Legal

Category archives for Legal

In 2005, Florida legislators passed the nation’s first “Stand Your Ground” law, expanding legal immunity for residents to use lethal force when they believe they’re being threatened. A decade later, a new study finds that Florida has experienced a significant increase in homicides, while states without such laws have not.

Three days out from the election and many of us are still trying to adjust to this new reality. It’s been a very rough week.

Johns Hopkins faces class-action lawsuit for defrauding miners with black lung disease

The families of two coal miners are charging that Johns Hopkins University’s Black Lung Program with intent to defraud hundreds of workers from federally earned benefits for work-related disabling lung disease. Appropriate for today’s holiday, both men were U.S. veterans.

Occupational Health News Roundup

Hispanic hotel workers in Las Vegas are becoming a powerful political force; families of miners who died from black lung disease sue Johns Hopkins Hospital; Milwaukee officials approve a living wage ordinance for county workers; and women in France and Iceland walk off the job to protest the gender wage gap.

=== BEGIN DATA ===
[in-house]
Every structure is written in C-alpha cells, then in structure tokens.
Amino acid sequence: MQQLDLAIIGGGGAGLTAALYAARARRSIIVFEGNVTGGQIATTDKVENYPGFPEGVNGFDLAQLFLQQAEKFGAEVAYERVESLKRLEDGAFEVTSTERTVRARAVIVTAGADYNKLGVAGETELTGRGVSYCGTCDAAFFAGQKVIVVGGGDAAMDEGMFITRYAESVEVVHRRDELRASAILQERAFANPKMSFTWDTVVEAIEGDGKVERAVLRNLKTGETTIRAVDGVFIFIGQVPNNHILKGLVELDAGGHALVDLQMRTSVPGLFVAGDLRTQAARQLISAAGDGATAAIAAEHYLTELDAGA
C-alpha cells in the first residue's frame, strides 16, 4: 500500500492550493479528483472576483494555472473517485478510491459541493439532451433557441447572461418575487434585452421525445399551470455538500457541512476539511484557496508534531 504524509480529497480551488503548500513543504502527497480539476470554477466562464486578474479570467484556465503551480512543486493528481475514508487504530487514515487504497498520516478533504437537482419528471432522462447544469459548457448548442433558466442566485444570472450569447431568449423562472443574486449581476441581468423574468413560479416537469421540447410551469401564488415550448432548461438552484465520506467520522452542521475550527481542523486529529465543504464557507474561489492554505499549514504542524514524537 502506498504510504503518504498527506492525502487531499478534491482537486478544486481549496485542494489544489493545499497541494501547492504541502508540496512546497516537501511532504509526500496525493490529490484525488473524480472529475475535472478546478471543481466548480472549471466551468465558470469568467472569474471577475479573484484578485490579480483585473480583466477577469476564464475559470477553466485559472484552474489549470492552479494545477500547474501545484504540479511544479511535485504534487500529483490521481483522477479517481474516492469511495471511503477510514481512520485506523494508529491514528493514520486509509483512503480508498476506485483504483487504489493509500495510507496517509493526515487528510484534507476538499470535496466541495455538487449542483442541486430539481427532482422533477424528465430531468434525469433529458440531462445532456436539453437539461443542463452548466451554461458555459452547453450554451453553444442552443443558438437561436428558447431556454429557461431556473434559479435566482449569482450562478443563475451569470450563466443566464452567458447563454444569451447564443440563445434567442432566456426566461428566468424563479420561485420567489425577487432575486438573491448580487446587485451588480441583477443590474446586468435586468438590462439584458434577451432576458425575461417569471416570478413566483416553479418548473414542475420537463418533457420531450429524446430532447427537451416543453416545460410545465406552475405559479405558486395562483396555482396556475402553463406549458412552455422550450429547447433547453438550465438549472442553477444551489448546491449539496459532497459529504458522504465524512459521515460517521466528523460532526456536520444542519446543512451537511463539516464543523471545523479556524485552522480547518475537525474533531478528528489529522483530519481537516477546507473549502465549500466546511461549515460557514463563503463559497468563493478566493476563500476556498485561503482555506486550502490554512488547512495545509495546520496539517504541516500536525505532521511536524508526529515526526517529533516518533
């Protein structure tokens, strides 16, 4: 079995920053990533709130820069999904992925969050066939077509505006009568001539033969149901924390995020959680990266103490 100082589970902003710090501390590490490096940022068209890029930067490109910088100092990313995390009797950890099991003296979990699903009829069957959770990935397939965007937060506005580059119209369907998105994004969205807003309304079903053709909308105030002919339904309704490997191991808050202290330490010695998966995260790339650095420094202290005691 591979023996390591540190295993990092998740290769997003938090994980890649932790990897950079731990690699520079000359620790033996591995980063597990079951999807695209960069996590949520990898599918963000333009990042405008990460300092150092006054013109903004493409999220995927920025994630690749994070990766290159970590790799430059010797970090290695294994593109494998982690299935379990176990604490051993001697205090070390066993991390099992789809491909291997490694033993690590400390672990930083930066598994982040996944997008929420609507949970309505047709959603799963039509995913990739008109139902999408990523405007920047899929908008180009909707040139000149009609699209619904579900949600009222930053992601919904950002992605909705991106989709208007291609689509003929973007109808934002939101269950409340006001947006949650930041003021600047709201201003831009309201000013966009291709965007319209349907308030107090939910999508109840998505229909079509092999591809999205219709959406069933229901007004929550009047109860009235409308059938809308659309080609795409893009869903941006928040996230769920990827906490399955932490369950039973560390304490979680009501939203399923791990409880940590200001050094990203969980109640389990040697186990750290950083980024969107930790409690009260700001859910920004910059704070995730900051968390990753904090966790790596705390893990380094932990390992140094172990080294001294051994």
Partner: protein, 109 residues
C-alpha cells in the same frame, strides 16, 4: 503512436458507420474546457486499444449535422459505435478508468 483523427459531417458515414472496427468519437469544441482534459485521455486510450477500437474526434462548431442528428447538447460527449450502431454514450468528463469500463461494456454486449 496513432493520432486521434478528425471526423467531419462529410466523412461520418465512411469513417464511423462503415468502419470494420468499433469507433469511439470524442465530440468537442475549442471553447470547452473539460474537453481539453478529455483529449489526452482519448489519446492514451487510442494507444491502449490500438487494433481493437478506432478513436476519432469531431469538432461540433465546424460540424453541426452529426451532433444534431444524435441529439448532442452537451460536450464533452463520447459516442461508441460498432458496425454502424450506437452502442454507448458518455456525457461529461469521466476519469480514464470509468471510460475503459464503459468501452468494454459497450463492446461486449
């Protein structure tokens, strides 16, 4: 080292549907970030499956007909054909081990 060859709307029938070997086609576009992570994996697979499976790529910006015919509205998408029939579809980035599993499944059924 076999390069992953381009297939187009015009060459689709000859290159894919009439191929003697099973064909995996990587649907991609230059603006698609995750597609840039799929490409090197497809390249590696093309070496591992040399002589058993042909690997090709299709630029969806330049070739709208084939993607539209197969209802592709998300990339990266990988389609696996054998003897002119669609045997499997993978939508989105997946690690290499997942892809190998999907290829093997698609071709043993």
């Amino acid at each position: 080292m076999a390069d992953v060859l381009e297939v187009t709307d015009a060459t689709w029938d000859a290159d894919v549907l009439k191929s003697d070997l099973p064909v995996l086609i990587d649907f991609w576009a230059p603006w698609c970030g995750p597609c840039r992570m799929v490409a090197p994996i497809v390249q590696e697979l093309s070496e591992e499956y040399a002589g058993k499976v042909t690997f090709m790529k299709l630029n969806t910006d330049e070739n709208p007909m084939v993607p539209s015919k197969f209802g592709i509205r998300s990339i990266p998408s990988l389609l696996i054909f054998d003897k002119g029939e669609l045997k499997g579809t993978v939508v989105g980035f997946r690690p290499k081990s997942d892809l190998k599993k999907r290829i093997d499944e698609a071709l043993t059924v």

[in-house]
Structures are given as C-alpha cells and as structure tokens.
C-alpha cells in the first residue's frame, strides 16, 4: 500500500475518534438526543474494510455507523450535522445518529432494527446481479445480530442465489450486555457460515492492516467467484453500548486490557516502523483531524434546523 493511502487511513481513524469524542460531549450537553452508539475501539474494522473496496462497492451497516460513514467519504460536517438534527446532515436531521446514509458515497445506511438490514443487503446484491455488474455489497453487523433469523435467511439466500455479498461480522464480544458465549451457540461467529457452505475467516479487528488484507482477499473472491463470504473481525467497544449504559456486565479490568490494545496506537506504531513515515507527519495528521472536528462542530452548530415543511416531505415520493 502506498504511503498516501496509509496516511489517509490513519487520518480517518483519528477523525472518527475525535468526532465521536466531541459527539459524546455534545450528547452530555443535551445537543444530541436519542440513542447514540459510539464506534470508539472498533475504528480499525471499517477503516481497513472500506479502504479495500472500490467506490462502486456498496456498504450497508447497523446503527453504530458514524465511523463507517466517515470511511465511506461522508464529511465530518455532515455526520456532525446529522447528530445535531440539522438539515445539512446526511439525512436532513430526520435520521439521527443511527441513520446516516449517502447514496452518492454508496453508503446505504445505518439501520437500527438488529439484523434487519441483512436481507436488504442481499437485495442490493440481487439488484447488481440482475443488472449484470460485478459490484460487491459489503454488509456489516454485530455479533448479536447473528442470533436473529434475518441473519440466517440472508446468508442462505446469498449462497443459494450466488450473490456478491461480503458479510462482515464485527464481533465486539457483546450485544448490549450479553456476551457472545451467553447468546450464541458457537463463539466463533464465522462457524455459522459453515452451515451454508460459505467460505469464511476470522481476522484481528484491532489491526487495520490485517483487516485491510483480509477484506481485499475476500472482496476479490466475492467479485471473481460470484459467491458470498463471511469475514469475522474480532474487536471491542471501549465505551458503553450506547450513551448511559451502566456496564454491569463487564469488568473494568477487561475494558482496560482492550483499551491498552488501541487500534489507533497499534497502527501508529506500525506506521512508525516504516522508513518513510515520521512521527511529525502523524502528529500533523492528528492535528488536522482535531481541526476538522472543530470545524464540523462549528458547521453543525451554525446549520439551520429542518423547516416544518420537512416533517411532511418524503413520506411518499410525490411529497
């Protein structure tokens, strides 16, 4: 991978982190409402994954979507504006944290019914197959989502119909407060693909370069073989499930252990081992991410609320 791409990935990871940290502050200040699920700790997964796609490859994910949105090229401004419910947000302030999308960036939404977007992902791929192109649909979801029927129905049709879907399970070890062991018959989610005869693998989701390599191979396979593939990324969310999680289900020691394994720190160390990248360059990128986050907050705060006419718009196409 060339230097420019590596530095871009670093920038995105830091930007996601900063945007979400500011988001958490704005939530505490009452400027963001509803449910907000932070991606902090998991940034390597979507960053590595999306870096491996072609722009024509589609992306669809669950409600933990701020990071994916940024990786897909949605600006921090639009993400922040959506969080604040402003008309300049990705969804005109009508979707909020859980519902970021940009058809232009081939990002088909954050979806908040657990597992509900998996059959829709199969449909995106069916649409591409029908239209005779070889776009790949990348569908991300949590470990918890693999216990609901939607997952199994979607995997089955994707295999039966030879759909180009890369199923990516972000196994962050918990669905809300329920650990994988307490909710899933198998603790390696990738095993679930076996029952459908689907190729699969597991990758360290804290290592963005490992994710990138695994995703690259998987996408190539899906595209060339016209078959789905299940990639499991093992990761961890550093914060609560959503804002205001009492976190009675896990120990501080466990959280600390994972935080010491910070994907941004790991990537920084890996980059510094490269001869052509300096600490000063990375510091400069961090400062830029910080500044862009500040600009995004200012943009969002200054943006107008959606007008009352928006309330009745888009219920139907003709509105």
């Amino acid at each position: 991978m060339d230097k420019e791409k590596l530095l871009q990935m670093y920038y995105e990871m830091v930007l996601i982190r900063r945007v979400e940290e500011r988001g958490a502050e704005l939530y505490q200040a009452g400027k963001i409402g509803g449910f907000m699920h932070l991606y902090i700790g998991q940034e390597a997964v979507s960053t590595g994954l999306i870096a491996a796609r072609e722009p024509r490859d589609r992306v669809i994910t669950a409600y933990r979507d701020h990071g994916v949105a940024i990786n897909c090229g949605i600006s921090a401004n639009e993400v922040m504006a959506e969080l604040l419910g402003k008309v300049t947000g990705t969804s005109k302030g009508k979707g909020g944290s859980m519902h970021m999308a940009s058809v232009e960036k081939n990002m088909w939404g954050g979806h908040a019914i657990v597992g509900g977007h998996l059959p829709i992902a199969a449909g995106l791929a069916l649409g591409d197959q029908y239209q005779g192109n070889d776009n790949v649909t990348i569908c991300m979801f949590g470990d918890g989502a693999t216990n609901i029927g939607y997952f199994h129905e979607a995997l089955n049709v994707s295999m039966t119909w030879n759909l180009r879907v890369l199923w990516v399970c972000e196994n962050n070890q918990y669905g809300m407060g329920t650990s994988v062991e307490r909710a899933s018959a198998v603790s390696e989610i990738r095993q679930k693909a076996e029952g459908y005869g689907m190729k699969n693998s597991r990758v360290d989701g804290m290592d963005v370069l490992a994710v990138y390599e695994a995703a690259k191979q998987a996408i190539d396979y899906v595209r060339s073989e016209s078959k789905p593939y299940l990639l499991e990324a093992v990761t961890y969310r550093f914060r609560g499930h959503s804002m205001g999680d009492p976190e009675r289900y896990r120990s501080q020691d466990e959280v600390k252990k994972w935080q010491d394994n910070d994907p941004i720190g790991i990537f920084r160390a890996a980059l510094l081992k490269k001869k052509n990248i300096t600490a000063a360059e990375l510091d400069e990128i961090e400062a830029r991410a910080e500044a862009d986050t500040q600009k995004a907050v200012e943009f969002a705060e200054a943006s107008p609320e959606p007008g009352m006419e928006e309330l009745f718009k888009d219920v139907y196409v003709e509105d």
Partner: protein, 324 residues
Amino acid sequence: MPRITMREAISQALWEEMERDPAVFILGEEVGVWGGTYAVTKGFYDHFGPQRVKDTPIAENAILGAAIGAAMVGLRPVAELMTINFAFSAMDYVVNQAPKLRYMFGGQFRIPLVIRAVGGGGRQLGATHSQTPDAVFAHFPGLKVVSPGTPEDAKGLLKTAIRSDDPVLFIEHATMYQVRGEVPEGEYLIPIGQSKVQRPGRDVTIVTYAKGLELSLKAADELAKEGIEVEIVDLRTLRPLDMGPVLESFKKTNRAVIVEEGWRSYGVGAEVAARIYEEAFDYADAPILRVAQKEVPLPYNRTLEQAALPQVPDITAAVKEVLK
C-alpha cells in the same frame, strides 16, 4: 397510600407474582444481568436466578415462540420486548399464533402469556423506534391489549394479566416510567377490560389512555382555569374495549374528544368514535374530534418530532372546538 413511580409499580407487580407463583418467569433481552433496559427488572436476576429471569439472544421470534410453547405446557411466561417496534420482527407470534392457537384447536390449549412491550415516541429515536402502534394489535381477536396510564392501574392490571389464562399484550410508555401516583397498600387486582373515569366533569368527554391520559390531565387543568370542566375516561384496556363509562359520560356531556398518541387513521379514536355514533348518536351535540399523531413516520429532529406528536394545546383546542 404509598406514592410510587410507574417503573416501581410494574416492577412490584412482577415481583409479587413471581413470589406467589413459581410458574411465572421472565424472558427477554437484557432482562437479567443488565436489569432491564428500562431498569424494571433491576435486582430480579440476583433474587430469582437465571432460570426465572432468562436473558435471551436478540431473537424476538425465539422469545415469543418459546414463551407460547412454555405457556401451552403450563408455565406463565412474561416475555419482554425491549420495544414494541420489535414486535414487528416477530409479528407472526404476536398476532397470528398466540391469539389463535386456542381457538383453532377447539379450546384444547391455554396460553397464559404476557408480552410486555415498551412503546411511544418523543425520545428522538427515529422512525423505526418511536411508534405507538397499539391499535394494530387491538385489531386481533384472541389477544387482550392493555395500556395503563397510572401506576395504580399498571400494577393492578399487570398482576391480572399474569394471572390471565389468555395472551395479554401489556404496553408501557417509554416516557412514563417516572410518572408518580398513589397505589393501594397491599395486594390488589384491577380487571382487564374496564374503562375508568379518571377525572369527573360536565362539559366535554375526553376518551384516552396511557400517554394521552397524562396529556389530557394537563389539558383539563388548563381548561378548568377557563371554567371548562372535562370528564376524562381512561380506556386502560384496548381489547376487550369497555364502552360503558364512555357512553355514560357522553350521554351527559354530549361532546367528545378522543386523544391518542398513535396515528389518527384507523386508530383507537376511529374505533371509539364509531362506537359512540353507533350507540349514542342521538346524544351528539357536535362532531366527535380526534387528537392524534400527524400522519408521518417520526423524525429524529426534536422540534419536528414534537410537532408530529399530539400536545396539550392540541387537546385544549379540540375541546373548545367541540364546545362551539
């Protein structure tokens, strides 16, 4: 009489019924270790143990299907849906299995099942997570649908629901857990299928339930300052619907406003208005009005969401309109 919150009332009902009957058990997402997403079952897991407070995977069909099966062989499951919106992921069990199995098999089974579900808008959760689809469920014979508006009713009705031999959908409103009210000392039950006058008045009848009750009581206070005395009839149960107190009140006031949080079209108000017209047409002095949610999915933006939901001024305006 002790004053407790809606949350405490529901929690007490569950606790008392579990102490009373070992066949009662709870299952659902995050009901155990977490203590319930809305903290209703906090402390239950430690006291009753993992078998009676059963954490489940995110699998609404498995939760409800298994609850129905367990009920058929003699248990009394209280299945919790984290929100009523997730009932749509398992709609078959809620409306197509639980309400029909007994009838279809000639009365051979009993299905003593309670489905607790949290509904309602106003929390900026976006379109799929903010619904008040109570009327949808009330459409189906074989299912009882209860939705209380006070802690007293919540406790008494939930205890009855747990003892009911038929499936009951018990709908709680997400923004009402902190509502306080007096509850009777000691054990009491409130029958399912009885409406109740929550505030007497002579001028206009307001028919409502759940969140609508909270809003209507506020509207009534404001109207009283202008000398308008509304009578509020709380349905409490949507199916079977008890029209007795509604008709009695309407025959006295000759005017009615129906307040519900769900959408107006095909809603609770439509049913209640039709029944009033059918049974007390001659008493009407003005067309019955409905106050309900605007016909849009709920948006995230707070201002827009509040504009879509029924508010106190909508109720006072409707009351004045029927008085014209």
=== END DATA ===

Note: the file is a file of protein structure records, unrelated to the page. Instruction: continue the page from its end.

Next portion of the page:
Occupational Health News Roundup

Reporters investigate the man whose research is used to deny veterans’ claims about Agent Orange exposure; former Massey Energy CEO Don Blankenship goes back to court to appeal his conviction; voters in five states will cast ballots on raising the minimum wage; and OSHA’s new worker retaliation rules are delayed.

In September 2015, New York farmworker Crispin Hernandez was fired after his employers saw him talking with local workers’ rights advocates. But instead of backing down, Hernandez filed suit against the state. And if he prevails, it could help transform the often dangerous and unjust workplace conditions that farmworkers face to put food on all of our tables.

Occupational Health News Roundup

Denver Post reporters investigate the lives and deaths of Colorado’s oil and gas workers; employees from Donald Trump’s California golf club say he only wanted to hire “pretty” women; cobalt mining in Congo comes with dangerous risks for adult and child workers; and Harvard’s dining staff goes on strike for living wages.

Does workers’ comp fulfill its obligation to injured workers?

A Labor Department report describes the ways in which our state-based workers’ compensation system is failing injured workers. Will the report become a roadmap for reform or another government report that collects dust?

Occupational Health News Roundup

New Jersey’s growing temp industry is rife with labor violations, worker mistreatment; advocates in North Carolina demand safer conditions for poultry plant workers; former Wells Fargo workers sue over aggressive sales quotas that led to fraud; and an investigation into northern California’s marijuana industry finds rampant sexual abuse and assault.

Despite all the concern about shuttered businesses, fired employees and lost profits, a new report has found that New York City’s paid sick leave law was pretty much a “non-event” for most employers.